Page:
Attention Surplus Disorder

From Discworld & Terry Pratchett Wiki
Jump to navigation Jump to search

As everything has its opposite and they tend to manifest on the Discworld, this is a strange and fairly rare disease first identified by the Guild of Barber-Surgeons which afflicts school pupils.

Attention Surplus Syndrome, to give it its official name, is particularly loathed by members of the Teachers' Guild, as it makes their job a lot harder. Nobody likes a child who pays attention too hard, who listens very carefully, whose eyes follow your every move, and who listens very carefully to everything you say. It has been noted that this is like talking to a great big bottomless ear.

ASS sufferers also forget nothing they are taught, and tend to offer corrections in a very audible voice in front of the whole class. If called to the front for ritual humiliation on those occasions where a sacrificial example has to be made, these are the ones who call their teacher's bluff by demonstrating they have assimilated everything they have just heard (despite the apparent fact they have been staring out of the window for the last ten minutes). The diagnostic guide advises "There is no cure. Expel at the earliest possible opportunity". The diagnostic manual is called Household Medicine, Hair-Care and Simple Surgery, and is published by Goatberger and Cropper, at $AM2.00 per copy. It is possible the Doctors' Guild has accepted that this is baby and not bath-water, and copies may be found in the Medical School at the Lady Sybil Free Hospital.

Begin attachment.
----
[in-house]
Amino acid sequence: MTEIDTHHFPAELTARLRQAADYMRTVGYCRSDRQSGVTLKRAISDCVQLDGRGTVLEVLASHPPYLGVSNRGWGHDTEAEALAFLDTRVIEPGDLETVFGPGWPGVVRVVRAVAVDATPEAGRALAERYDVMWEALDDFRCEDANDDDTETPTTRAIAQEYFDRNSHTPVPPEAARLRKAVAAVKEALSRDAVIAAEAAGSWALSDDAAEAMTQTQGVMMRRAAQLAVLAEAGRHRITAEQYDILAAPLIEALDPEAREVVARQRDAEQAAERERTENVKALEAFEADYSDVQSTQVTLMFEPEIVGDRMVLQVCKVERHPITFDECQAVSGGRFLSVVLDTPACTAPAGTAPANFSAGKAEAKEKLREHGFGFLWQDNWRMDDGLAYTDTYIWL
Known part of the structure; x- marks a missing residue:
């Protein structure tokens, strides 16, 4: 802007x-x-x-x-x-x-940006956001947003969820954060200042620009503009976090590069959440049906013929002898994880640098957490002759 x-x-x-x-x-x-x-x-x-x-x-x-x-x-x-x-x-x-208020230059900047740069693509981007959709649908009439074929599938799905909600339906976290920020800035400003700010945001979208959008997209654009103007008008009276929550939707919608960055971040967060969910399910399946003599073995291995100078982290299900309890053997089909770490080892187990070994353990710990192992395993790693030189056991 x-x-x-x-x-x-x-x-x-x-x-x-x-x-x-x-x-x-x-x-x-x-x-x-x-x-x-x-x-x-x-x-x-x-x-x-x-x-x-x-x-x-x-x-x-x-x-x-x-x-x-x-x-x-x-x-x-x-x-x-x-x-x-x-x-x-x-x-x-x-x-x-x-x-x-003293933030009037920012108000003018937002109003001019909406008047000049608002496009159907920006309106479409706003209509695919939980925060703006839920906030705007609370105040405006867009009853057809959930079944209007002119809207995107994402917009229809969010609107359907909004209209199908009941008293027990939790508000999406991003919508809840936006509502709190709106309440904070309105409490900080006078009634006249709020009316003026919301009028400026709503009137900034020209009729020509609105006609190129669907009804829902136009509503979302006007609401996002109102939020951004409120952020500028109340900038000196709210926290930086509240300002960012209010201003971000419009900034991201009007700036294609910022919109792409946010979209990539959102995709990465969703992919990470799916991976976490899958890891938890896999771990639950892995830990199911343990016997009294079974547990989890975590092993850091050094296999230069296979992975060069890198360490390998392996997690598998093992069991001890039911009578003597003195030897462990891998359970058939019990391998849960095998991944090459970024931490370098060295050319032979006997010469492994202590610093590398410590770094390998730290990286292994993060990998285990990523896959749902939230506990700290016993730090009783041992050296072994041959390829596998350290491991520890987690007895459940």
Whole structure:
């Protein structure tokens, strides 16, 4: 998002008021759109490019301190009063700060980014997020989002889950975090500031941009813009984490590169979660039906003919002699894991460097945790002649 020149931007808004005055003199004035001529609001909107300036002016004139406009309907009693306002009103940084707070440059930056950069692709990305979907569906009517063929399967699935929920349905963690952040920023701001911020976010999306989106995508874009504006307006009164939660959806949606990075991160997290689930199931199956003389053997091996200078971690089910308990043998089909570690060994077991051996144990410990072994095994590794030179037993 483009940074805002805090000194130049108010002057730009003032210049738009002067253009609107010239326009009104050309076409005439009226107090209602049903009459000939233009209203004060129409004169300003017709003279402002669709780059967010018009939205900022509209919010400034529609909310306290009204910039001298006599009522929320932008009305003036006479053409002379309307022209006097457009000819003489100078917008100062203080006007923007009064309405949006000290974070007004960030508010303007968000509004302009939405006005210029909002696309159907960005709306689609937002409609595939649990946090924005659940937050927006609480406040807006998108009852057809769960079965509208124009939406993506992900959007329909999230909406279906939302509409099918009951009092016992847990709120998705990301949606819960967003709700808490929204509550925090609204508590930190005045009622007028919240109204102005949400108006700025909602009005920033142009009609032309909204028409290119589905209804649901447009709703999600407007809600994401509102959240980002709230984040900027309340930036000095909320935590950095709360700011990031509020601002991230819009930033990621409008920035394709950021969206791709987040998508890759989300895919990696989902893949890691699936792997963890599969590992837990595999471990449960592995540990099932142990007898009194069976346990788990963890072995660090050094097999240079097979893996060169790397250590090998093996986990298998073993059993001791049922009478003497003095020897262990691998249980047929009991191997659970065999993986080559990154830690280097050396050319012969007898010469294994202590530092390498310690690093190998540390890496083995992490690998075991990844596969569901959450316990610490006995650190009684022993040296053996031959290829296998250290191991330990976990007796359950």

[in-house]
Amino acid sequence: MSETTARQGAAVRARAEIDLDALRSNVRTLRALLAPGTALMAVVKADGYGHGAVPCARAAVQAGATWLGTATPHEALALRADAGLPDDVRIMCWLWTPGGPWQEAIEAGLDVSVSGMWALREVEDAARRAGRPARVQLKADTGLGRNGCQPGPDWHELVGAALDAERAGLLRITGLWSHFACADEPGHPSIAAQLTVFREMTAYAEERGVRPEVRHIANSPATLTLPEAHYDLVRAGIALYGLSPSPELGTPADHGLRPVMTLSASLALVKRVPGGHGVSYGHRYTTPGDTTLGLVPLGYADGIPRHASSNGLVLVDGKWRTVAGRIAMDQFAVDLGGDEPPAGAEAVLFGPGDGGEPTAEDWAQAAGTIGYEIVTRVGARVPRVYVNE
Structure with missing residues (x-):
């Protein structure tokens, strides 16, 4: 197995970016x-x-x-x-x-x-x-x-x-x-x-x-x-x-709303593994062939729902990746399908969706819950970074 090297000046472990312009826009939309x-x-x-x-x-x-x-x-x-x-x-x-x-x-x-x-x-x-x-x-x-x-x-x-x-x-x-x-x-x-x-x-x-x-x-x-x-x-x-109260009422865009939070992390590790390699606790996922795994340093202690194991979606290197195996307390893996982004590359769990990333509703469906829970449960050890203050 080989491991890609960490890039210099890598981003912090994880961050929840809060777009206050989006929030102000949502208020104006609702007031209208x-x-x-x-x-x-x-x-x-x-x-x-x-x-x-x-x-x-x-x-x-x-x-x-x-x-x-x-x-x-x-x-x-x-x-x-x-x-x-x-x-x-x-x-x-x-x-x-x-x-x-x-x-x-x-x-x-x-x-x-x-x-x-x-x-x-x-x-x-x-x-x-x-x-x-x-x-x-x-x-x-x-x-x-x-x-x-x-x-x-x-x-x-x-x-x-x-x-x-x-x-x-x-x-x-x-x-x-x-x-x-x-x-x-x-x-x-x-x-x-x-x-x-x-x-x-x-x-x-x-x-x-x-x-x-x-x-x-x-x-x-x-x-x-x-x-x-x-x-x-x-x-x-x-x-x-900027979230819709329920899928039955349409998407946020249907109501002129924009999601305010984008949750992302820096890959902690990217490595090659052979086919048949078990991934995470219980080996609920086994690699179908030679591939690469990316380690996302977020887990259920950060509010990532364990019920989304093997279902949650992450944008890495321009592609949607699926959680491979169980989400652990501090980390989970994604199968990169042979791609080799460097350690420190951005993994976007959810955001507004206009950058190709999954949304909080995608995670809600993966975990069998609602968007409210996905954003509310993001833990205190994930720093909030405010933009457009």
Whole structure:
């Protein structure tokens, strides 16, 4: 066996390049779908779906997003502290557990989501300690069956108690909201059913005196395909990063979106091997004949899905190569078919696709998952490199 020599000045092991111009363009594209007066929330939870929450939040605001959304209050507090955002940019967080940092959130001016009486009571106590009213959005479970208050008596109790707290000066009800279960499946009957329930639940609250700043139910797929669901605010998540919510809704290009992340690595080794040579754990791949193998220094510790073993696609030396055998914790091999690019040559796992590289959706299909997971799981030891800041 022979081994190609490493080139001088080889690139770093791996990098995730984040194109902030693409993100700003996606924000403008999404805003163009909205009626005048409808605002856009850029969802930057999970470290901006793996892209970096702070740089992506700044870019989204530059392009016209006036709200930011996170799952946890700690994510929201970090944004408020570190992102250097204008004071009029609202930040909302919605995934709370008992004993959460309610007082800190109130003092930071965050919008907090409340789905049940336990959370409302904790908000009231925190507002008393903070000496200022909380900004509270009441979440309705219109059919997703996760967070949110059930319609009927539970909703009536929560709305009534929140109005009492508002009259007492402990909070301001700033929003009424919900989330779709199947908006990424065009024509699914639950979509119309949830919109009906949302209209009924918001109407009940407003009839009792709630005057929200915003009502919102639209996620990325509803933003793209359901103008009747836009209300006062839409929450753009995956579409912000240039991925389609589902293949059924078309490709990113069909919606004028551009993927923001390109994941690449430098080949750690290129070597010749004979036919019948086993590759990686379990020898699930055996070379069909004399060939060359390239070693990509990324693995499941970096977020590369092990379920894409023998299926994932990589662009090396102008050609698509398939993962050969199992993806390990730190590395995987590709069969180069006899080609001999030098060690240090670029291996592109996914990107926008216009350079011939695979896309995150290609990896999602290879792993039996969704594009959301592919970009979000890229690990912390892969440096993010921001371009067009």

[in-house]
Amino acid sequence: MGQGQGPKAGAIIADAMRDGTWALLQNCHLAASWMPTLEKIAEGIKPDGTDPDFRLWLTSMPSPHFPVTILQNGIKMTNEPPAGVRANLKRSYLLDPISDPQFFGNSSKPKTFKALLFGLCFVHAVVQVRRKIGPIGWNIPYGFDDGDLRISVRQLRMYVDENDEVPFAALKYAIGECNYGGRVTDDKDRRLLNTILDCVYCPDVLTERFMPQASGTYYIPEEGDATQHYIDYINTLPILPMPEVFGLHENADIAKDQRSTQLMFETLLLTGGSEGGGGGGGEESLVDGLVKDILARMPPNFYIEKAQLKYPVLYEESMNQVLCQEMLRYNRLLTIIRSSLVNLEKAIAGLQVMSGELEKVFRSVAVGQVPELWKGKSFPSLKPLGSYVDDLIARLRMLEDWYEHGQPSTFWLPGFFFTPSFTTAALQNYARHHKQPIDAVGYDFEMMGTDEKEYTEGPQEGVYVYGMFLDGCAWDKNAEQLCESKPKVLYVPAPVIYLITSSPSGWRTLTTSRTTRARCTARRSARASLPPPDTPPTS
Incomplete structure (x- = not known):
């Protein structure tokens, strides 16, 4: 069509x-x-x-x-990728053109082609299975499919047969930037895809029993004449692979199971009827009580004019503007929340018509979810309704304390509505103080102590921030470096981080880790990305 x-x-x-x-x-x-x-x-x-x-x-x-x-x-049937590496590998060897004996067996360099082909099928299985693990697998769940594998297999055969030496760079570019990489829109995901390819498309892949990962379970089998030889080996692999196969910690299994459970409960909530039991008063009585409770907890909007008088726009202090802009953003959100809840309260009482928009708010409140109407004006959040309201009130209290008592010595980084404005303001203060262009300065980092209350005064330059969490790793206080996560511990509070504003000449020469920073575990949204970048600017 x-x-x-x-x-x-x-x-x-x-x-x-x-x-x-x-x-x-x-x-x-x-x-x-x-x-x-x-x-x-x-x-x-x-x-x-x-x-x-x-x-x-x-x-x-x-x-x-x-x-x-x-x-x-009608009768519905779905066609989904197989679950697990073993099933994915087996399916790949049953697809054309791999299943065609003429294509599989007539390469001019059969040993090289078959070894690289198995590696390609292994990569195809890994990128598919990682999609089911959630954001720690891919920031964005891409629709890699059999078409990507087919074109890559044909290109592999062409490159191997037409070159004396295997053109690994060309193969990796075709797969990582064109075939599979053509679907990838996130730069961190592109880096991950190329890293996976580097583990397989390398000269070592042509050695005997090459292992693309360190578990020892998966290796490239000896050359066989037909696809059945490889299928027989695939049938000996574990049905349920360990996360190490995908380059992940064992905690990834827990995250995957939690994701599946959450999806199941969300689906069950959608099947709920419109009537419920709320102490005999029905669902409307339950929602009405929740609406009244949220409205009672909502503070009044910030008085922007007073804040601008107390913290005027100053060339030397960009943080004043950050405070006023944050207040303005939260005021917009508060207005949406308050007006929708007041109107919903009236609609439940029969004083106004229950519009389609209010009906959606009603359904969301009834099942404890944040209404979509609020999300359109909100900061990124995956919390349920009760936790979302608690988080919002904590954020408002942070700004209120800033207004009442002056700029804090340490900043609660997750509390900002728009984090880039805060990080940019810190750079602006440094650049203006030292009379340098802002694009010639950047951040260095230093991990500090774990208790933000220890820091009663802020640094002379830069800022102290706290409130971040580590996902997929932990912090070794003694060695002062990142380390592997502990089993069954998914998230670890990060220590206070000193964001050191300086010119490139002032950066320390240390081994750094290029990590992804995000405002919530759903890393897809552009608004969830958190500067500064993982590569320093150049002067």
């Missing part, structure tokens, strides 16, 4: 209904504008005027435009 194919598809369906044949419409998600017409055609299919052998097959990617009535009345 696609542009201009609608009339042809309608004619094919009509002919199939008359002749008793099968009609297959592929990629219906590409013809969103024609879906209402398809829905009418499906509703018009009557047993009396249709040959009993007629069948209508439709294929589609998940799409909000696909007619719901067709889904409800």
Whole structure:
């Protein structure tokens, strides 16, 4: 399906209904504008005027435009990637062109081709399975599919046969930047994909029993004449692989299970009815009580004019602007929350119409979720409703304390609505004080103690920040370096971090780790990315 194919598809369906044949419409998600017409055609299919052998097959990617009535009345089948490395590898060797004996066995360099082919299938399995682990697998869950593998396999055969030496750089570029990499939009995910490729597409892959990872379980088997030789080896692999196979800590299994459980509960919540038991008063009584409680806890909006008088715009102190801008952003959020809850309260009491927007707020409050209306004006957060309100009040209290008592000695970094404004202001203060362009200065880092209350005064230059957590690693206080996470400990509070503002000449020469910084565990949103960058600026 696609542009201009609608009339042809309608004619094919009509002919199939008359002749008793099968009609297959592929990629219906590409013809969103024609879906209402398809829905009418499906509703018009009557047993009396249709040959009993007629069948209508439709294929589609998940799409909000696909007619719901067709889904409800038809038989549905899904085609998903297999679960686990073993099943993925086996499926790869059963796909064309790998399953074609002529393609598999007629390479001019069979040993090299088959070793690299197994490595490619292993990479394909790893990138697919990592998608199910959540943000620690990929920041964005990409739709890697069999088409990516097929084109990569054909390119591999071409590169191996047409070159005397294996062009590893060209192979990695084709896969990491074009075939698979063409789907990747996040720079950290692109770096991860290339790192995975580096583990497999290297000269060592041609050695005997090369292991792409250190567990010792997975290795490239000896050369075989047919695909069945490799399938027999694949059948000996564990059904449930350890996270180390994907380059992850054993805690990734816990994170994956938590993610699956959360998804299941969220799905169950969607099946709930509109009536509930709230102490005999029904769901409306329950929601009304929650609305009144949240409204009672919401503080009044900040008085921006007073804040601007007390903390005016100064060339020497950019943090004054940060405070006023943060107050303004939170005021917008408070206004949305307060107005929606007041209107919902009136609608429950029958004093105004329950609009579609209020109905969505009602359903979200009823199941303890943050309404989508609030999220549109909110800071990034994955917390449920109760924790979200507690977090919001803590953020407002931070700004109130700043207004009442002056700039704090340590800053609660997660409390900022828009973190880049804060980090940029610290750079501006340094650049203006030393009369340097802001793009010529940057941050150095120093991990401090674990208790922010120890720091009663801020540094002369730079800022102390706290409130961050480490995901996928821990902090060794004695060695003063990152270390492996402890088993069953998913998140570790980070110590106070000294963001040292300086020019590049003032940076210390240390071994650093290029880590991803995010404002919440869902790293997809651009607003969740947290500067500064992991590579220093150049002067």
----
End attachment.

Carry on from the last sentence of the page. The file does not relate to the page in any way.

It is possible that Pteppic was suffering from a mild version of ASS when he called Mr Mericet's bluff on that memorable day (related in Pyramids) when he faultlessly listed all the things a diligent Assassin has to guard against when preparing for an active assignment. This reduced Mericet to momentary silence. Then, being a long-time classroom monster who must have encountered this before, he employed a descriptive term teacher-Assassins use for ASS in their specific educational context.

Mericet's word for the syndrome is over-confidence.

Sir Terry Pratchett revealed the origins of this concept in A Slip of the Keyboard when describing his own schooldays. Apparently he was a sufferer himself.